For instance, a blood test called the Prostate Health Index measures several forms of PSA, not the one kind measured by the standard PSA test; it reduces unnecessary biopsies by about 36%, but it misses 2.5% of dangerous prostate cancers. The 4K Score, also based on a blood test, “is better than PSA at picking up aggressive cancers,” said urological surgeon Dr David Penson of Vanderbilt-Ingram Cancer Centre. It can reduce unnecessary biopsies by as much as 60%, but misses nearly 5% of serious cancers.
The report says that has spurred researchers around the world to try to do better, with many labs developing advanced imaging as a way to reduce unnecessary prostate biopsies following an elevated PSA. One, called multi-parametric MRI, can reveal the size and density of a prostate cancer, and how well-connected it is to the blood supply.
Introduction & Objectives: The European Randomized study of Screening for Prostate Cancer (ERSPC) showed that screening using sextant transrectal ultrasound-guided biopsy (6-TRUS-Bx) reduces mortality but also causes overdiagnosis. A screening strategy using 12-core TRUS biopsy (12-TRUS-Bx) could increase the high-grade (Gleason score ≥3+4) prostate cancer (PCa) detection, while an MRI +/- target biopsy (MRI ± TBx) strategy could reduce overdiagnosis of low-grade (Gleason score 3+3) PCa. In this study we compare the 3 biopsy strategies in the 5th screening round of the ERSPC Rotterdam.
Material & Methods: Men in the 5th screening round (2013 – 2016) with a PSA ≥3.0ng/ml received either 6-TRUS-Bx or chose to be included in the MRI side study and received a multiparametric MRI. In men in the side study a 12-TRUS-Bx was performed blinded
for MRI results. Additionally, PI-RADS ≥3 lesions were targeted with 2 cores using MRI-TRUS fusion guidance. The PCa detection rates of 3 biopsy strategies were compared: the 6-TRUS-Bx (group 1) vs 12-TRUS-Bx (group 2a) vs MRI ± TBx (group 2b) strategy.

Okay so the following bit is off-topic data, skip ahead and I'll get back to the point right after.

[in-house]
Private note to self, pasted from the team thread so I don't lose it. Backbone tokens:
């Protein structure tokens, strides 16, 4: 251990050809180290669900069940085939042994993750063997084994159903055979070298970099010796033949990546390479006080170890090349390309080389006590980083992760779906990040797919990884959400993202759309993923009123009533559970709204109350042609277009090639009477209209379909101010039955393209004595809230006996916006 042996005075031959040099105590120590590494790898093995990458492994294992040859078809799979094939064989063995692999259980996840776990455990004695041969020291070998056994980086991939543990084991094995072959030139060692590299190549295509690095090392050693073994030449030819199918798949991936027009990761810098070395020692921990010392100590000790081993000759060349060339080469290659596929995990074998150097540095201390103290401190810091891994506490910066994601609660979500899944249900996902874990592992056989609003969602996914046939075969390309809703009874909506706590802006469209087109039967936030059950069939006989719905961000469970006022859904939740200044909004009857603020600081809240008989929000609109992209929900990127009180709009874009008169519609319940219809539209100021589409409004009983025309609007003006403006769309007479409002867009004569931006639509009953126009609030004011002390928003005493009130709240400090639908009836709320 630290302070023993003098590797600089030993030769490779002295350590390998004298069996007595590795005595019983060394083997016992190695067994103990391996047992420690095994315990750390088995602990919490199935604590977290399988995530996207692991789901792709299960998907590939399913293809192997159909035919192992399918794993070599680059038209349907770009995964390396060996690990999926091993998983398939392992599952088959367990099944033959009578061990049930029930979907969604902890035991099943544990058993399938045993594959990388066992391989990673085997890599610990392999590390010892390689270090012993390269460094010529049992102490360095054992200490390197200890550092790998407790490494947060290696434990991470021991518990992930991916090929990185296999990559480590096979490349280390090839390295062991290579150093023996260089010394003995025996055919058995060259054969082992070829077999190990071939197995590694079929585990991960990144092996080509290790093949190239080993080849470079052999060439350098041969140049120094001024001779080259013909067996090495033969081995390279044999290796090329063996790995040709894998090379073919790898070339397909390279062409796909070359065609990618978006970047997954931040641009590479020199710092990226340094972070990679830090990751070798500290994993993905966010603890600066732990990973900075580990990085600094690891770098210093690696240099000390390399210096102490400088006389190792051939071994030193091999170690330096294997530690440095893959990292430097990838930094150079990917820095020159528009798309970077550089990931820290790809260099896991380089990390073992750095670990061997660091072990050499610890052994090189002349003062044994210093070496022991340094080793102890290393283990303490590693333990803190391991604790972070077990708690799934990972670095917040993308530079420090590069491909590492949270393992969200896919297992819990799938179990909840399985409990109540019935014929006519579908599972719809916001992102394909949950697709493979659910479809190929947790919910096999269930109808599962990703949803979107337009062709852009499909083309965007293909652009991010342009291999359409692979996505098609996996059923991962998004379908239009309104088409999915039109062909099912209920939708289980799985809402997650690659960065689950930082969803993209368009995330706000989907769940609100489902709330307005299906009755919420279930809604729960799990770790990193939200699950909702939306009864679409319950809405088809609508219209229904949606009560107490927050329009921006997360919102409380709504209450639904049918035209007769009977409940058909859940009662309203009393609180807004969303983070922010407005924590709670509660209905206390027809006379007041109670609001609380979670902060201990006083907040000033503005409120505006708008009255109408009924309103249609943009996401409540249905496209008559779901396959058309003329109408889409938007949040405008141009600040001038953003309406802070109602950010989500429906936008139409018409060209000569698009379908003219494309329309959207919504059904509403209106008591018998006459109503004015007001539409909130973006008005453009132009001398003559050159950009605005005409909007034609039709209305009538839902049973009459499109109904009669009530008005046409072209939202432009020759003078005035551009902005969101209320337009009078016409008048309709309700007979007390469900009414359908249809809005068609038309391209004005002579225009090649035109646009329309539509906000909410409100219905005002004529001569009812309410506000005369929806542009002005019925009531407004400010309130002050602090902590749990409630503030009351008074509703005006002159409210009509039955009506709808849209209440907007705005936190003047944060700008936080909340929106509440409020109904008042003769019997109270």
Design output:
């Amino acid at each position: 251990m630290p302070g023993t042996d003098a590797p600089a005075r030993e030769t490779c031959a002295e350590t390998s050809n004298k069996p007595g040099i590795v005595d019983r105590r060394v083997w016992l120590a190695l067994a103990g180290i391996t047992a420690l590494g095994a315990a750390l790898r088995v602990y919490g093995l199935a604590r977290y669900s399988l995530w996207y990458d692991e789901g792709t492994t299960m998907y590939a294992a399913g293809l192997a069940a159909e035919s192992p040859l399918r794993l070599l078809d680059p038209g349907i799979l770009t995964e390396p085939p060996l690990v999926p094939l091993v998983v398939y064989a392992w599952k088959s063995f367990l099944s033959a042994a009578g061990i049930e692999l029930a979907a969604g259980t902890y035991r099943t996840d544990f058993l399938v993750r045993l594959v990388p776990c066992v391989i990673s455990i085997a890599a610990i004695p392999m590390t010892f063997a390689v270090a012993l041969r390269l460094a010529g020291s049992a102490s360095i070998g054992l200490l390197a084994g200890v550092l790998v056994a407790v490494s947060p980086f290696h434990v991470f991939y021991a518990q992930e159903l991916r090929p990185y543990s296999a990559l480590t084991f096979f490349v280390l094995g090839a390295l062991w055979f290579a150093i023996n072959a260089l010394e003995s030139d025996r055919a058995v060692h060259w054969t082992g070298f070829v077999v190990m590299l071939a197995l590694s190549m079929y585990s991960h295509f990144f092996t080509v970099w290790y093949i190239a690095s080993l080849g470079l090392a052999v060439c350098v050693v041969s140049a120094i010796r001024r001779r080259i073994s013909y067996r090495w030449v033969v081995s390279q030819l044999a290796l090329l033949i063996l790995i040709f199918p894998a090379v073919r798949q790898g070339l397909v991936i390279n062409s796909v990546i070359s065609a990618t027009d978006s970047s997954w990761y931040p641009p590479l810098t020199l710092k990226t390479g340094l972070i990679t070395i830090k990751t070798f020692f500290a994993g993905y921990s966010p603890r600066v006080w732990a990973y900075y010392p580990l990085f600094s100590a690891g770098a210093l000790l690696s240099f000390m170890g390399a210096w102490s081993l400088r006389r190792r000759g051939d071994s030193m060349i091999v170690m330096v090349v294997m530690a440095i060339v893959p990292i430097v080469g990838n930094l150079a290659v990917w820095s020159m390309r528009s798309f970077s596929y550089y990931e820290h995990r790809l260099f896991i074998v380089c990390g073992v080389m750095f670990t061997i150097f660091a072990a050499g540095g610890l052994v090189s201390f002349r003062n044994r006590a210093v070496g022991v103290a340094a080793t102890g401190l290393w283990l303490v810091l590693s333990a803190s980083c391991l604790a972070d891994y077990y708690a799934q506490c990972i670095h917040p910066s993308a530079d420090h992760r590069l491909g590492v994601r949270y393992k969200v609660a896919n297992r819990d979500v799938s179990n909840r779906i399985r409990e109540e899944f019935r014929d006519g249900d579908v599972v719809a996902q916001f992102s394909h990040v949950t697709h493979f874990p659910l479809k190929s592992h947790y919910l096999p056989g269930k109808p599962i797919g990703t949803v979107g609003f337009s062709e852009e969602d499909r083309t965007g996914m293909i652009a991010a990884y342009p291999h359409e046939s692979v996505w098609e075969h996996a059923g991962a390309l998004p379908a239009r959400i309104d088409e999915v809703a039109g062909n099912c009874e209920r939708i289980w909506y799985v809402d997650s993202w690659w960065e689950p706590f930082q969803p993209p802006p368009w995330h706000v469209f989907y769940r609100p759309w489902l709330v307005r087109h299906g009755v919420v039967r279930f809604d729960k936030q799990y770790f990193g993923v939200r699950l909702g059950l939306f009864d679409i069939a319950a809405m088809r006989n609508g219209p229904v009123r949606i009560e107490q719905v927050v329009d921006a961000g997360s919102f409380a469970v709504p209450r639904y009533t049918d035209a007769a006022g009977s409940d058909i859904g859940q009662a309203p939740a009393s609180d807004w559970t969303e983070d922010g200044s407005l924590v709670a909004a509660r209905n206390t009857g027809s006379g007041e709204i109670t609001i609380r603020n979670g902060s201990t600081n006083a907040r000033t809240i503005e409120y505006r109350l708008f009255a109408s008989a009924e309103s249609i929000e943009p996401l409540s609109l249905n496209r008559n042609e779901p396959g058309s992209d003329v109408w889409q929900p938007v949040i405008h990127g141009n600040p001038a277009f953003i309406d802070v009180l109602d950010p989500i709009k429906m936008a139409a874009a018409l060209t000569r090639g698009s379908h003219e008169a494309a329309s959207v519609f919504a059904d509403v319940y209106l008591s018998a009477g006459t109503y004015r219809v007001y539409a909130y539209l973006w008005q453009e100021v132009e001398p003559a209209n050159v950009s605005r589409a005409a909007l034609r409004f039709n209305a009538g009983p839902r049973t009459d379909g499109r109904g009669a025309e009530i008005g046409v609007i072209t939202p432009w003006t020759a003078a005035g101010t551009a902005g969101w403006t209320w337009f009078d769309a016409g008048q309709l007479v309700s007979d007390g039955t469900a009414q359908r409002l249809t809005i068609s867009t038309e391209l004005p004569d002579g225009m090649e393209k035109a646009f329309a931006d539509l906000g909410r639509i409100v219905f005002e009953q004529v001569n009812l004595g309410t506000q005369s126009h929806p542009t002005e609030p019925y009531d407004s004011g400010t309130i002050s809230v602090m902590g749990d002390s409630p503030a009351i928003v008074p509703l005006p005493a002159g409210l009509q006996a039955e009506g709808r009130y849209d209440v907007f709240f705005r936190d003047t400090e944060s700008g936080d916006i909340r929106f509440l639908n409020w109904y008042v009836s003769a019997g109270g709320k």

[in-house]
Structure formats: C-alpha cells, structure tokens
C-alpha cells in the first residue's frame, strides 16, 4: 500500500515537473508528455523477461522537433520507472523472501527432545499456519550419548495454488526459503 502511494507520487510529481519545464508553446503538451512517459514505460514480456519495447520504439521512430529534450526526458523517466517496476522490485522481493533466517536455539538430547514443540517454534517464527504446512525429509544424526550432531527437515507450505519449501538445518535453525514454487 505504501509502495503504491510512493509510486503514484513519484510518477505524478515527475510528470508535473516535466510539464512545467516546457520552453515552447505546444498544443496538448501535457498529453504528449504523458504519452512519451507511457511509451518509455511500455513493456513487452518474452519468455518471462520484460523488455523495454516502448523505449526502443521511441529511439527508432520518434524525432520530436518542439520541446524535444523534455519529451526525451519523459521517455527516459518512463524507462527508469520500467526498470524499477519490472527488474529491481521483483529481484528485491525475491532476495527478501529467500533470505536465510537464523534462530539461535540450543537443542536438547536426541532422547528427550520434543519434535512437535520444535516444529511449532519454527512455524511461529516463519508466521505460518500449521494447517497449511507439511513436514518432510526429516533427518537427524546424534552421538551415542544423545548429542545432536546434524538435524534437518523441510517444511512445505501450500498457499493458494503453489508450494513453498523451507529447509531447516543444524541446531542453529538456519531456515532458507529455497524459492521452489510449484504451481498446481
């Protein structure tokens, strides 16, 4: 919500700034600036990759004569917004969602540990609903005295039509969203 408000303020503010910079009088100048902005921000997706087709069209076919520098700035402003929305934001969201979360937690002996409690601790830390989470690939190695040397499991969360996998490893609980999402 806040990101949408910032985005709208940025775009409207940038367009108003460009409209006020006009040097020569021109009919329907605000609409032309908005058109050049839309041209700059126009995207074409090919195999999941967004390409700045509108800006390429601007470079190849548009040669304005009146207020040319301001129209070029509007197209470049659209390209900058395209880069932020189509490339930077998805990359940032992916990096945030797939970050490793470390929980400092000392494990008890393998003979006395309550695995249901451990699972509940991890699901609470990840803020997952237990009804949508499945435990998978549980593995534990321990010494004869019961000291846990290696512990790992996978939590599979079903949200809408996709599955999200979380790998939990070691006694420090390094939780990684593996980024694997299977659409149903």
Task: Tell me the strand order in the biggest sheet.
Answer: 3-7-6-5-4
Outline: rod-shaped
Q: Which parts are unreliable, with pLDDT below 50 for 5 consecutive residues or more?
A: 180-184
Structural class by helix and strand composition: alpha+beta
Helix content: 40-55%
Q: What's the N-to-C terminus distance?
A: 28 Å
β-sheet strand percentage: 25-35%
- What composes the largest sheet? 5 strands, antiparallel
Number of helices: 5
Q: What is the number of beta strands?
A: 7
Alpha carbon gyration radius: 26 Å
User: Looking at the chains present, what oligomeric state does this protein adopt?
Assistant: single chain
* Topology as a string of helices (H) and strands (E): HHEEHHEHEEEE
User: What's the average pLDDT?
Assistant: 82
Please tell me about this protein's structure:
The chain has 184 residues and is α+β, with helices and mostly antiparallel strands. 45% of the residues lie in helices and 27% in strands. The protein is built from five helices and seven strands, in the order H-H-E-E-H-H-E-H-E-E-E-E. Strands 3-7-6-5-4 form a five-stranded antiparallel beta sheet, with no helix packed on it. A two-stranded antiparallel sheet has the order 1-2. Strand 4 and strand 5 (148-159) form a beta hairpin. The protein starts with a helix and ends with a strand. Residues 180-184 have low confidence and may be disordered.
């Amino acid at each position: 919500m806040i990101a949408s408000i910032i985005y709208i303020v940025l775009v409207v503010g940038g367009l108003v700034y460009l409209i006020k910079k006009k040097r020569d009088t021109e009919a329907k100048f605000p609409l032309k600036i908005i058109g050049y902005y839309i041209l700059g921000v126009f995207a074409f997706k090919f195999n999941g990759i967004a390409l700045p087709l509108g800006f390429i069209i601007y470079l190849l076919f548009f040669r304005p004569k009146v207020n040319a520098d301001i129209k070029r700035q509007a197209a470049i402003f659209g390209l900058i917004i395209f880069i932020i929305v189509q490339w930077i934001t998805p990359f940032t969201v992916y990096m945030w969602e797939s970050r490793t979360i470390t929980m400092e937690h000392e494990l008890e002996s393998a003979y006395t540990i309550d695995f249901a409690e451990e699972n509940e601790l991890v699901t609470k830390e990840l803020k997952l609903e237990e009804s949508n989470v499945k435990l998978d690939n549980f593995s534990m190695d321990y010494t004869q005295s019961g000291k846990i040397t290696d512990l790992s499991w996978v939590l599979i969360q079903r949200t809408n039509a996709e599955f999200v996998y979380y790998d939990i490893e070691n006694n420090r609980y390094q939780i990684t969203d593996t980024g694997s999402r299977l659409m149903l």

Results: A total of 177 men with PSA ≥3.0 ng/ml received 6-TRUS-Bx while 158 men received MRI with 12-TRUS-Bx ± TBx. These men had a mean age of 73.2 years (SD ± 1.1) and a mean PSA of 5.1 ng/ml (SD ± 2.8). A total of 183/335 (55%) had received
a previous negative 6-TRUS-Bx. There were no significant differences in terms of age, PSA and previous biopsy status between men who received 6-TRUS-Bx and men in the MRI side study. A total of 110/158 (70%) men in the side study had no suspicious lesions on MRI and thus did not receive TBx. The high-grade PCa detection rate of 6-TRUS-Bx (10%), 12-TRUS-Bx (12%) and MRI ± TBx (11%) were comparable (table 1). The low-grade PCa detection rate of 12-TRUS-Bx (28%) was significantly higher as compared to 6-TRUS-Bx (17%), while the low-grade PCa detection rate of MRI ± TBx (7%) was significantly lower.
Conclusions: In our cohort of repeatedly screened men the performance of 12-TRUS-Bx instead of 6-TRUS-Bx increased only the detection of low-grade PCa. An MRI ± TBx strategy reduces biopsy procedures (70%) and overdiagnosis of low-grade PCa (>50%), while maintaining a similar detection rate of high-grade PCa. The MRI ± TBx strategy is thus preferred, as it tackles the major drawbacks of population-based screening.
Alberts A, Schoots I, Drost, FJ, Bokhorst L, Van Leenders G, Dwarkasing R, Barentsz J, Schröder F, Bangma C, Roobol M